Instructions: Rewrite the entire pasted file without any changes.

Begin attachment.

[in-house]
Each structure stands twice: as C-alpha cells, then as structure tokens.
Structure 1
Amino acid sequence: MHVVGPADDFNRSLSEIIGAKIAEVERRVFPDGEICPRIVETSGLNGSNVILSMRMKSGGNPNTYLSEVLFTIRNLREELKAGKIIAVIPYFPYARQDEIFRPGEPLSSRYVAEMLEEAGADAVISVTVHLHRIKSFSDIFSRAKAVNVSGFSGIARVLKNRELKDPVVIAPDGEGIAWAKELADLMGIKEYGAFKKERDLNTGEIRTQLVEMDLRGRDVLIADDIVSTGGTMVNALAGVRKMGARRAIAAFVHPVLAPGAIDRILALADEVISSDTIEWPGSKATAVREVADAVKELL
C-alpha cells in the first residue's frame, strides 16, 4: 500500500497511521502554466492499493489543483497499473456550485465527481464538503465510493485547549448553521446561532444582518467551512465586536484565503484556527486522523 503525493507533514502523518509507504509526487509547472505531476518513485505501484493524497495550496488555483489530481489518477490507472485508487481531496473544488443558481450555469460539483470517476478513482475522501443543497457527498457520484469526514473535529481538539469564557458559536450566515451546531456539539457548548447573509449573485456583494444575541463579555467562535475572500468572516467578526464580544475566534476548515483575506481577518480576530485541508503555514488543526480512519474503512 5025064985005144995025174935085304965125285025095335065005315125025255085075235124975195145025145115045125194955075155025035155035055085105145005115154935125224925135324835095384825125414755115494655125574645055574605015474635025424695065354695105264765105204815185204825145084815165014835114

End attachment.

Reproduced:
[in-house]
Each structure stands twice: as C-alpha cells, then as structure tokens.
Structure 1
Amino acid sequence: MHVVGPADDFNRSLSEIIGAKIAEVERRVFPDGEICPRIVETSGLNGSNVILSMRMKSGGNPNTYLSEVLFTIRNLREELKAGKIIAVIPYFPYARQDEIFRPGEPLSSRYVAEMLEEAGADAVISVTVHLHRIKSFSDIFSRAKAVNVSGFSGIARVLKNRELKDPVVIAPDGEGIAWAKELADLMGIKEYGAFKKERDLNTGEIRTQLVEMDLRGRDVLIADDIVSTGGTMVNALAGVRKMGARRAIAAFVHPVLAPGAIDRILALADEVISSDTIEWPGSKATAVREVADAVKELL
C-alpha cells in the first residue's frame, strides 16, 4: 500500500497511521502554466492499493489543483497499473456550485465527481464538503465510493485547549448553521446561532444582518467551512465586536484565503484556527486522523 503525493507533514502523518509507504509526487509547472505531476518513485505501484493524497495550496488555483489530481489518477490507472485508487481531496473544488443558481450555469460539483470517476478513482475522501443543497457527498457520484469526514473535529481538539469564557458559536450566515451546531456539539457548548447573509449573485456583494444575541463579555467562535475572500468572516467578526464580544475566534476548515483575506481577518480576530485541508503555514488543526480512519474503512 5025064985005144995025174935085304965125285025095335065005315125025255085075235124975195145025145115045125194955075155025035155035055085105145005115154935125224925135324835095384825125414755115494655125574645055574605015474635025424695065354695105264765105204815185204825145084815165014835114